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Massachusetts commission reviews controversial bout, will discuss rule changes

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grappler0000

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The Massachusetts State Athletic Commission said it will look into modifying its rules following a controversial amateur bout that took place in April.

"The commission agreed it deserves careful examination," Terrel Harris, a spokesperson for the MSAC, on Friday wrote in an email to MMAjunkie.com (www.mmajunkie.com).

At a meeting planned for October, the commission's medical advisory board is expected to offer an opinion on whether a "per se rule" is needed to immediately end matches in which a fighter loses consciousness from a submission hold.

A per se rule is defined as a generalized rule applied without consideration for specific circumstances.

The commission addressed the amateur fight during a meeting on Thursday and decided that further review was necessary.

The bout at the center of the debate took place April 20 at a commission-sanctioned event held in Chicopee, Mass., called "Warrior Nation Xtreme Fighters Alliance: Warrior Nation III." The bantamweight contest took a bizarre turn after one combatant, Justin Kristie, applied a triangle choke that caused his opponent, David Baxter, to perform what appeared to be a tapping motion and then go unconscious at the end of the first round...

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Post #1   8/11/12 11:35:24AM   

bigrand826

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Man, that was pretty bad. Everyone was in the cage like the fight was over then they say to get ready for a second round. I didn't time it, but that was likely more than the 1 minute allowed between rounds.

Post #2   8/11/12 1:14:53PM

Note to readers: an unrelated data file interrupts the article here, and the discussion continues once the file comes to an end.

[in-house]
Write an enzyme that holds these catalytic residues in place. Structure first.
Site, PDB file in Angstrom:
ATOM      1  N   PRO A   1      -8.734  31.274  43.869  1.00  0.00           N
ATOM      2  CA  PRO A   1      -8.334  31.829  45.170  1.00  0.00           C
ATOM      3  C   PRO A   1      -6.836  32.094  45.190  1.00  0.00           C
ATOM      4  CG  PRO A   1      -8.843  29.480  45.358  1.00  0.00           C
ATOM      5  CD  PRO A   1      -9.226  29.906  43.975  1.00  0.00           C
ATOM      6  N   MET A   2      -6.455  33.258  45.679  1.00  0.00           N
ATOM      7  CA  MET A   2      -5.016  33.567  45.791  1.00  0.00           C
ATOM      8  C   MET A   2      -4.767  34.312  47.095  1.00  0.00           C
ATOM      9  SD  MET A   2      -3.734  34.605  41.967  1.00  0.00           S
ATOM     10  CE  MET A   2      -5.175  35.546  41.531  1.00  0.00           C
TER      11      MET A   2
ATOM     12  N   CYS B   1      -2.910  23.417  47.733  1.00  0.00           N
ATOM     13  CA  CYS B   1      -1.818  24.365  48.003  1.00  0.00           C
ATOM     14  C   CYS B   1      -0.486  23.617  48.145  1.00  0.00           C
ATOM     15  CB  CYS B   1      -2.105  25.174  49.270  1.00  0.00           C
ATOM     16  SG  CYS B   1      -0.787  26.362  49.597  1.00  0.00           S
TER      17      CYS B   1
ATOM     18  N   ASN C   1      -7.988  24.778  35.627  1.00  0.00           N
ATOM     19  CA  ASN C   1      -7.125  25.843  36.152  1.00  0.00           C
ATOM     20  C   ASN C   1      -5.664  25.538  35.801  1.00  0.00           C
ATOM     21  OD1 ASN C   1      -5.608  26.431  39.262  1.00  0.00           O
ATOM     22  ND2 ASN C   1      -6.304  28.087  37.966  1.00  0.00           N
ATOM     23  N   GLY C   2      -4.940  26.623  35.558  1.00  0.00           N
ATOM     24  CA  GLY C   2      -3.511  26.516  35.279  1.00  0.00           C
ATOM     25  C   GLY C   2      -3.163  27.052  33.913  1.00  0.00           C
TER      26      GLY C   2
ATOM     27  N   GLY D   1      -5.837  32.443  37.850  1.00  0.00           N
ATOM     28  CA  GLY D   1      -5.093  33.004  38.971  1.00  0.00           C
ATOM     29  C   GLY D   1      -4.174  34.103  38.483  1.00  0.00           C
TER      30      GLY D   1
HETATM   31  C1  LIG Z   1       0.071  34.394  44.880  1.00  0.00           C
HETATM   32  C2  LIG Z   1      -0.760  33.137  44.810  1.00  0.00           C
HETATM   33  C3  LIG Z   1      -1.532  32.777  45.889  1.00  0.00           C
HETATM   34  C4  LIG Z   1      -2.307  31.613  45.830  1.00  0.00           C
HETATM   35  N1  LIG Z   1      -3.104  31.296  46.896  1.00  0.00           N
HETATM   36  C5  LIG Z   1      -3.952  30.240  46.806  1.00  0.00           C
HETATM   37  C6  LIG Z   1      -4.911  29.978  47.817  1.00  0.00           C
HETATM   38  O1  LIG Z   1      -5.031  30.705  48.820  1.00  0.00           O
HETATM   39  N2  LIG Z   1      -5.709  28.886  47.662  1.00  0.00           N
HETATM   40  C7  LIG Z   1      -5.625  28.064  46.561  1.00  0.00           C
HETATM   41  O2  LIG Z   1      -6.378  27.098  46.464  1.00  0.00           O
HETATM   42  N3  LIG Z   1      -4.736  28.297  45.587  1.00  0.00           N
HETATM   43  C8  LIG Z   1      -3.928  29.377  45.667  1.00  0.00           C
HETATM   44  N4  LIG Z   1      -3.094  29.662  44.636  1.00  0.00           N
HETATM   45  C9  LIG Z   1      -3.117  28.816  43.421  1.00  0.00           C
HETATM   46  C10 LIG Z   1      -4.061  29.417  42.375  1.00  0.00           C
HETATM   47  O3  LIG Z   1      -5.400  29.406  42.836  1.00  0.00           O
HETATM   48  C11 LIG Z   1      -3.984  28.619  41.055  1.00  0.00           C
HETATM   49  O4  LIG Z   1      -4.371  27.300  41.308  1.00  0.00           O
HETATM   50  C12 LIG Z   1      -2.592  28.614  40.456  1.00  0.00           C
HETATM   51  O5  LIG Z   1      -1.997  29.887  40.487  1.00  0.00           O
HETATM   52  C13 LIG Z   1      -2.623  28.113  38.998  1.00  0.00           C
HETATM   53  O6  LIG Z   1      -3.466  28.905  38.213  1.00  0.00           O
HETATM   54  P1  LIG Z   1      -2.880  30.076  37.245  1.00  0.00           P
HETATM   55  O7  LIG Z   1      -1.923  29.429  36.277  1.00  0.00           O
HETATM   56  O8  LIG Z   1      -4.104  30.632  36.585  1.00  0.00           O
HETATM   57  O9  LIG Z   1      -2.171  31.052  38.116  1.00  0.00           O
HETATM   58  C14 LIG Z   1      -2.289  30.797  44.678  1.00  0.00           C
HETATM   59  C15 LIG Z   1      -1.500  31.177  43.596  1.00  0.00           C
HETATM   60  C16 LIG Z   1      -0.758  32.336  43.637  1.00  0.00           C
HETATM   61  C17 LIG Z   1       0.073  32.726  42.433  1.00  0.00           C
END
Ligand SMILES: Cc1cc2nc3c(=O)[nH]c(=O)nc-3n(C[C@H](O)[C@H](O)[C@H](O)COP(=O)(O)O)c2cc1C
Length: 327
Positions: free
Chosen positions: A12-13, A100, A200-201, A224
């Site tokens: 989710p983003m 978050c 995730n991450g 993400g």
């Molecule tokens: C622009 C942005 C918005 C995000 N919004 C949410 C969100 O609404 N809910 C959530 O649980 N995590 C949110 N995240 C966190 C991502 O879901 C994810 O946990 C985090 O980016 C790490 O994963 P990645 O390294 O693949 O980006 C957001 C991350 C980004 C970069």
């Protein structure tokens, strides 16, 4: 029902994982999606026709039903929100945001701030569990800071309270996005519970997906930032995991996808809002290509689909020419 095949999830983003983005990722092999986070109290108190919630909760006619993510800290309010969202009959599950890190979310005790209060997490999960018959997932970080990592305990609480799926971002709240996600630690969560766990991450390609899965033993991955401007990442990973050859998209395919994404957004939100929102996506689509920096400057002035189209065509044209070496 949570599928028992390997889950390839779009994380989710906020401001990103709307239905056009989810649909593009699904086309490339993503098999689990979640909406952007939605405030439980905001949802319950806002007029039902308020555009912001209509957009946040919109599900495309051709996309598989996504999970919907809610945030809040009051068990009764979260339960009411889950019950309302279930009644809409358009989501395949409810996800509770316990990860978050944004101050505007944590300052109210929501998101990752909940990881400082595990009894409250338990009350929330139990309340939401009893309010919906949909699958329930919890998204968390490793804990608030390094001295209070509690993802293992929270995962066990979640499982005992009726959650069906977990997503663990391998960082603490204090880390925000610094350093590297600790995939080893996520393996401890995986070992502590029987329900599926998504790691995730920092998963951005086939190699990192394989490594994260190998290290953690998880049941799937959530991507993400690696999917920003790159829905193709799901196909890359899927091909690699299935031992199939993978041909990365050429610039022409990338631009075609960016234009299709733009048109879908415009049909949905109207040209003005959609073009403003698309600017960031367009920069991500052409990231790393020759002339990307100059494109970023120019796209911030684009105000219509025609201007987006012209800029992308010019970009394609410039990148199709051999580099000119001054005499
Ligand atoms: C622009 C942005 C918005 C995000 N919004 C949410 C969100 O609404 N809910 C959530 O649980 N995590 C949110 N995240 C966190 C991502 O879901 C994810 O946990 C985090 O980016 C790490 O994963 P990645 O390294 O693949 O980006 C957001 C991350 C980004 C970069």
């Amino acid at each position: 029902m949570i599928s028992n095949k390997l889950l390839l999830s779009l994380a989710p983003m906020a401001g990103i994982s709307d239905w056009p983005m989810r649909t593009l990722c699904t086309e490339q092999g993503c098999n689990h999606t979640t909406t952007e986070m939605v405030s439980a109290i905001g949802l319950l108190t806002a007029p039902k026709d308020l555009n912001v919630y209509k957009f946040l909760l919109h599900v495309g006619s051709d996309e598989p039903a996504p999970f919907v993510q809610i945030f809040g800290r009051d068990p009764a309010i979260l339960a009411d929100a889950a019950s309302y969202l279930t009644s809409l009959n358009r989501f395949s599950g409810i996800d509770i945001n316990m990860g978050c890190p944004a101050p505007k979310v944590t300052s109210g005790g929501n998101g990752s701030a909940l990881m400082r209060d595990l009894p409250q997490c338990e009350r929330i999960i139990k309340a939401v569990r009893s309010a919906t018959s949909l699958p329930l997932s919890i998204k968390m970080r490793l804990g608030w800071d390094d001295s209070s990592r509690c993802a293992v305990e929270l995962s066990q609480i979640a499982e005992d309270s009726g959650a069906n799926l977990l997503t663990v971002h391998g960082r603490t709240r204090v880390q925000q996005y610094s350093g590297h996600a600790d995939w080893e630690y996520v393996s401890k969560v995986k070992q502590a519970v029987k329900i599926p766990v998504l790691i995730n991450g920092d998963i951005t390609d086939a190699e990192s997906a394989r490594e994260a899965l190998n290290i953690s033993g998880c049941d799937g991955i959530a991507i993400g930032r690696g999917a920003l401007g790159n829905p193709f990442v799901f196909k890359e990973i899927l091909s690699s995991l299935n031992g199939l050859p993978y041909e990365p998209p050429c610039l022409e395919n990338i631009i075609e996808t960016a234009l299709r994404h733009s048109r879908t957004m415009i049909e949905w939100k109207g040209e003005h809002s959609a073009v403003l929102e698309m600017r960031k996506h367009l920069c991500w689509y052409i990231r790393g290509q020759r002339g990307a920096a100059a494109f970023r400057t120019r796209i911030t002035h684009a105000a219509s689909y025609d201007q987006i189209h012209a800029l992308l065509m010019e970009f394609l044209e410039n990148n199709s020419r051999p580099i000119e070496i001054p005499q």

pmoney

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Last time I checked, a fighter tapping and subsequently losing consciousness is usually the end of the match.... did I miss something?

Post #3   8/11/12 2:13:40PM   

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Outside of safety and medical issues I don't see too much wrong here. The round ended without someone being finished. I didn't see anything that definitively constitutes a tapout. There was no submission, no KO nor did the referee intervene to stop the fight. The bell rang to end the round. As far as the extra time between rounds I would bet it is because the available powers that be were probably trying to figure it out and then convey the message to the referee that the fight needs to go on. The only real question is...for health reasons should a fighter be allowed to compete after being obviously unconscious? I don't think so. The guy wanted to fight and ended up winning it though. This is a tough debate with a lot of variables, gray areas and differing opinions. I am skeptical about this statement where there is no saving by the bell. I see all kinds of fights where people are saved by the bell. How many times do you see a guy caught in a choke and the bell rings as he is about to tap or go to sleep? How many times do you see the bell save some guy who is getting his brains beat out? I see these things an awful lot. So where is the "line"? One side is claiming that unconsciousness is the line....if so...is that in print?

Post #4   8/11/12 3:28:16PM   

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Posted by Sir_Karl

Outside of safety and medical issues I don't see too much wrong here. The round ended without someone being finished. I didn't see anything that definitively constitutes a tapout. There was no submission, no KO nor did the referee intervene to stop the fight. The bell rang to end the round. As far as the extra time between rounds I would bet it is because the available powers that be were probably trying to figure it out and then convey the message to the referee that the fight needs to go on. The only real question is...for health reasons should a fighter be allowed to compete after being obviously unconscious? I don't think so. The guy wanted to fight and ended up winning it though. This is a tough debate with a lot of variables, gray areas and differing opinions. I am skeptical about this statement where there is no saving by the bell. I see all kinds of fights where people are saved by the bell. How many times do you see a guy caught in a choke and the bell rings as he is about to tap or go to sleep? How many times do you see the bell save some guy who is getting his brains beat out? I see these things an awful lot. So where is the "line"? One side is claiming that unconsciousness is the line....if so...is that in print?